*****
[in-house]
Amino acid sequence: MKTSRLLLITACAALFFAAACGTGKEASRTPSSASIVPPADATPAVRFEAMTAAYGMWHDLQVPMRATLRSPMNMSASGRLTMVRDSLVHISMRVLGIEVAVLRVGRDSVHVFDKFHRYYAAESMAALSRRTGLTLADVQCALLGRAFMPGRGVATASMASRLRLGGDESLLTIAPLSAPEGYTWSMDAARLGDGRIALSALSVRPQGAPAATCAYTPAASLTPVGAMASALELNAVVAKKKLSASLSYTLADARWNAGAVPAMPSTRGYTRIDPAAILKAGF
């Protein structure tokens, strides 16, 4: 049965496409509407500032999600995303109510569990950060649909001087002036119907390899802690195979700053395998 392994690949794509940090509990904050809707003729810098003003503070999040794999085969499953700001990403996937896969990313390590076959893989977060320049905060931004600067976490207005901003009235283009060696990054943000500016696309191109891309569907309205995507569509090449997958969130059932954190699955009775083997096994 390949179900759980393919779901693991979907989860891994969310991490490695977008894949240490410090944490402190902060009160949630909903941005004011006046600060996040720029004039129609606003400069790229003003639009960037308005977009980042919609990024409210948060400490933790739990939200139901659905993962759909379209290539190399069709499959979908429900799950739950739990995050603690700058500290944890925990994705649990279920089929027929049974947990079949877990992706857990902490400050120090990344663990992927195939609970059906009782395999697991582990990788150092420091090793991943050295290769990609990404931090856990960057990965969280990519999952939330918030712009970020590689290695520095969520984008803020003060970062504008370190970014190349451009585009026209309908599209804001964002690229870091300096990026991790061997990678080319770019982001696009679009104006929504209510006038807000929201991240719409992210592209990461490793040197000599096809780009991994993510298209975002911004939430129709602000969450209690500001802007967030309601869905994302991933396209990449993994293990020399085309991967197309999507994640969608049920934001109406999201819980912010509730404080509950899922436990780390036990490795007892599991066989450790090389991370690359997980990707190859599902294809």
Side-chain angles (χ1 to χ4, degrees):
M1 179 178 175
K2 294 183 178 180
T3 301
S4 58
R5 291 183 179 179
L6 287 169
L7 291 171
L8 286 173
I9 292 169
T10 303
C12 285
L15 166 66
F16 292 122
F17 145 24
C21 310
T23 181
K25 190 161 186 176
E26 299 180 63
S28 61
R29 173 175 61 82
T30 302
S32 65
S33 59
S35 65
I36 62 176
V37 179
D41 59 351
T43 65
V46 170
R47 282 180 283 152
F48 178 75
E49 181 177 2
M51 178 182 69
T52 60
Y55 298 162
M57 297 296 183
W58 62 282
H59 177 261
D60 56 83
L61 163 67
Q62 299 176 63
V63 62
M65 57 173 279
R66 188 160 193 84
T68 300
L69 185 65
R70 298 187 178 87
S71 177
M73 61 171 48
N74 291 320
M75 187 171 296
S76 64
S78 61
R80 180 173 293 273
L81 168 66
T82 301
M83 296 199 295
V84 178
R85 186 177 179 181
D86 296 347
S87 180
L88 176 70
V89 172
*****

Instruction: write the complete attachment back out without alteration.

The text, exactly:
[in-house]
Amino acid sequence: MKTSRLLLITACAALFFAAACGTGKEASRTPSSASIVPPADATPAVRFEAMTAAYGMWHDLQVPMRATLRSPMNMSASGRLTMVRDSLVHISMRVLGIEVAVLRVGRDSVHVFDKFHRYYAAESMAALSRRTGLTLADVQCALLGRAFMPGRGVATASMASRLRLGGDESLLTIAPLSAPEGYTWSMDAARLGDGRIALSALSVRPQGAPAATCAYTPAASLTPVGAMASALELNAVVAKKKLSASLSYTLADARWNAGAVPAMPSTRGYTRIDPAAILKAGF
């Protein structure tokens, strides 16, 4: 049965496409509407500032999600995303109510569990950060649909001087002036119907390899802690195979700053395998 392994690949794509940090509990904050809707003729810098003003503070999040794999085969499953700001990403996937896969990313390590076959893989977060320049905060931004600067976490207005901003009235283009060696990054943000500016696309191109891309569907309205995507569509090449997958969130059932954190699955009775083997096994 390949179900759980393919779901693991979907989860891994969310991490490695977008894949240490410090944490402190902060009160949630909903941005004011006046600060996040720029004039129609606003400069790229003003639009960037308005977009980042919609990024409210948060400490933790739990939200139901659905993962759909379209290539190399069709499959979908429900799950739950739990995050603690700058500290944890925990994705649990279920089929027929049974947990079949877990992706857990902490400050120090990344663990992927195939609970059906009782395999697991582990990788150092420091090793991943050295290769990609990404931090856990960057990965969280990519999952939330918030712009970020590689290695520095969520984008803020003060970062504008370190970014190349451009585009026209309908599209804001964002690229870091300096990026991790061997990678080319770019982001696009679009104006929504209510006038807000929201991240719409992210592209990461490793040197000599096809780009991994993510298209975002911004939430129709602000969450209690500001802007967030309601869905994302991933396209990449993994293990020399085309991967197309999507994640969608049920934001109406999201819980912010509730404080509950899922436990780390036990490795007892599991066989450790090389991370690359997980990707190859599902294809």
Side-chain angles (χ1 to χ4, degrees):
M1 179 178 175
K2 294 183 178 180
T3 301
S4 58
R5 291 183 179 179
L6 287 169
L7 291 171
L8 286 173
I9 292 169
T10 303
C12 285
L15 166 66
F16 292 122
F17 145 24
C21 310
T23 181
K25 190 161 186 176
E26 299 180 63
S28 61
R29 173 175 61 82
T30 302
S32 65
S33 59
S35 65
I36 62 176
V37 179
D41 59 351
T43 65
V46 170
R47 282 180 283 152
F48 178 75
E49 181 177 2
M51 178 182 69
T52 60
Y55 298 162
M57 297 296 183
W58 62 282
H59 177 261
D60 56 83
L61 163 67
Q62 299 176 63
V63 62
M65 57 173 279
R66 188 160 193 84
T68 300
L69 185 65
R70 298 187 178 87
S71 177
M73 61 171 48
N74 291 320
M75 187 171 296
S76 64
S78 61
R80 180 173 293 273
L81 168 66
T82 301
M83 296 199 295
V84 178
R85 186 177 179 181
D86 296 347
S87 180
L88 176 70
V89 172